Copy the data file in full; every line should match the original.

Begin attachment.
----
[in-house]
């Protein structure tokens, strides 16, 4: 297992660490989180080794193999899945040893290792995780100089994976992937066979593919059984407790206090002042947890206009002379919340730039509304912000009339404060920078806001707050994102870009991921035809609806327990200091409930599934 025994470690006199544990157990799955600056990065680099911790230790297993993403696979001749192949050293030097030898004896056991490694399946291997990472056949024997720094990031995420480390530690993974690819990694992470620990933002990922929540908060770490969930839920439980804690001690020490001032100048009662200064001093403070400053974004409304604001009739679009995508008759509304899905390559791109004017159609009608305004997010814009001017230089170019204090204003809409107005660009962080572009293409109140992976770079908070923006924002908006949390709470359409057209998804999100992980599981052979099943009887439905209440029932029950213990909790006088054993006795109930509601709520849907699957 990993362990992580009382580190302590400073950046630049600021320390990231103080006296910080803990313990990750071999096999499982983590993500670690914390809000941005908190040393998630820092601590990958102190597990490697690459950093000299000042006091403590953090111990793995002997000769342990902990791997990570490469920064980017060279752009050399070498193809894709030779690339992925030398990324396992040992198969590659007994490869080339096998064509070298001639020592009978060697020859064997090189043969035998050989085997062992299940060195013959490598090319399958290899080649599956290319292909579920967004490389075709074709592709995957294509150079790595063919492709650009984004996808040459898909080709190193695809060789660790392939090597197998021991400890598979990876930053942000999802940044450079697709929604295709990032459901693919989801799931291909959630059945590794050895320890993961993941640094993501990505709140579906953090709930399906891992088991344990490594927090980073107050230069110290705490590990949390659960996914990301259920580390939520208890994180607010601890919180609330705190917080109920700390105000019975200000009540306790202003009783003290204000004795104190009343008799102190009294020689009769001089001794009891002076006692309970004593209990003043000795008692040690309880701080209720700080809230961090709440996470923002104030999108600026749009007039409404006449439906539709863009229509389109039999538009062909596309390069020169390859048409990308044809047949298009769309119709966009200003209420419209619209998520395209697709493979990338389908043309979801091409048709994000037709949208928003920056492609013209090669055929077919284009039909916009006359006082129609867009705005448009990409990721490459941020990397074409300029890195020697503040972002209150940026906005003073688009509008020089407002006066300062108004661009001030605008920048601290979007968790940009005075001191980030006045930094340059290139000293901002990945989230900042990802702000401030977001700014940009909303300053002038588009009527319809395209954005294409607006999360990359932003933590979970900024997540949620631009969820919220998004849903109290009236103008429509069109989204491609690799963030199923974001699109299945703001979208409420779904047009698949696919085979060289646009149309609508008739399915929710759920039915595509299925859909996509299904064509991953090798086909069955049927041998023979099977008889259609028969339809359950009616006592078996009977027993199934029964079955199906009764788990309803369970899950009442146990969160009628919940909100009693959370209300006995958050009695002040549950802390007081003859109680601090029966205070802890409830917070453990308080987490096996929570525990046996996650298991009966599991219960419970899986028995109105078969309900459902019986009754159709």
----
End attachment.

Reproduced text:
[in-house]
């Protein structure tokens, strides 16, 4: 297992660490989180080794193999899945040893290792995780100089994976992937066979593919059984407790206090002042947890206009002379919340730039509304912000009339404060920078806001707050994102870009991921035809609806327990200091409930599934 025994470690006199544990157990799955600056990065680099911790230790297993993403696979001749192949050293030097030898004896056991490694399946291997990472056949024997720094990031995420480390530690993974690819990694992470620990933002990922929540908060770490969930839920439980804690001690020490001032100048009662200064001093403070400053974004409304604001009739679009995508008759509304899905390559791109004017159609009608305004997010814009001017230089170019204090204003809409107005660009962080572009293409109140992976770079908070923006924002908006949390709470359409057209998804999100992980599981052979099943009887439905209440029932029950213990909790006088054993006795109930509601709520849907699957 990993362990992580009382580190302590400073950046630049600021320390990231103080006296910080803990313990990750071999096999499982983590993500670690914390809000941005908190040393998630820092601590990958102190597990490697690459950093000299000042006091403590953090111990793995002997000769342990902990791997990570490469920064980017060279752009050399070498193809894709030779690339992925030398990324396992040992198969590659007994490869080339096998064509070298001639020592009978060697020859064997090189043969035998050989085997062992299940060195013959490598090319399958290899080649599956290319292909579920967004490389075709074709592709995957294509150079790595063919492709650009984004996808040459898909080709190193695809060789660790392939090597197998021991400890598979990876930053942000999802940044450079697709929604295709990032459901693919989801799931291909959630059945590794050895320890993961993941640094993501990505709140579906953090709930399906891992088991344990490594927090980073107050230069110290705490590990949390659960996914990301259920580390939520208890994180607010601890919180609330705190917080109920700390105000019975200000009540306790202003009783003290204000004795104190009343008799102190009294020689009769001089001794009891002076006692309970004593209990003043000795008692040690309880701080209720700080809230961090709440996470923002104030999108600026749009007039409404006449439906539709863009229509389109039999538009062909596309390069020169390859048409990308044809047949298009769309119709966009200003209420419209619209998520395209697709493979990338389908043309979801091409048709994000037709949208928003920056492609013209090669055929077919284009039909916009006359006082129609867009705005448009990409990721490459941020990397074409300029890195020697503040972002209150940026906005003073688009509008020089407002006066300062108004661009001030605008920048601290979007968790940009005075001191980030006045930094340059290139000293901002990945989230900042990802702000401030977001700014940009909303300053002038588009009527319809395209954005294409607006999360990359932003933590979970900024997540949620631009969820919220998004849903109290009236103008429509069109989204491609690799963030199923974001699109299945703001979208409420779904047009698949696919085979060289646009149309609508008739399915929710759920039915595509299925859909996509299904064509991953090798086909069955049927041998023979099977008889259609028969339809359950009616006592078996009977027993199934029964079955199906009764788990309803369970899950009442146990969160009628919940909100009693959370209300006995958050009695002040549950802390007081003859109680601090029966205070802890409830917070453990308080987490096996929570525990046996996650298991009966599991219960419970899986028995109105078969309900459902019986009754159709």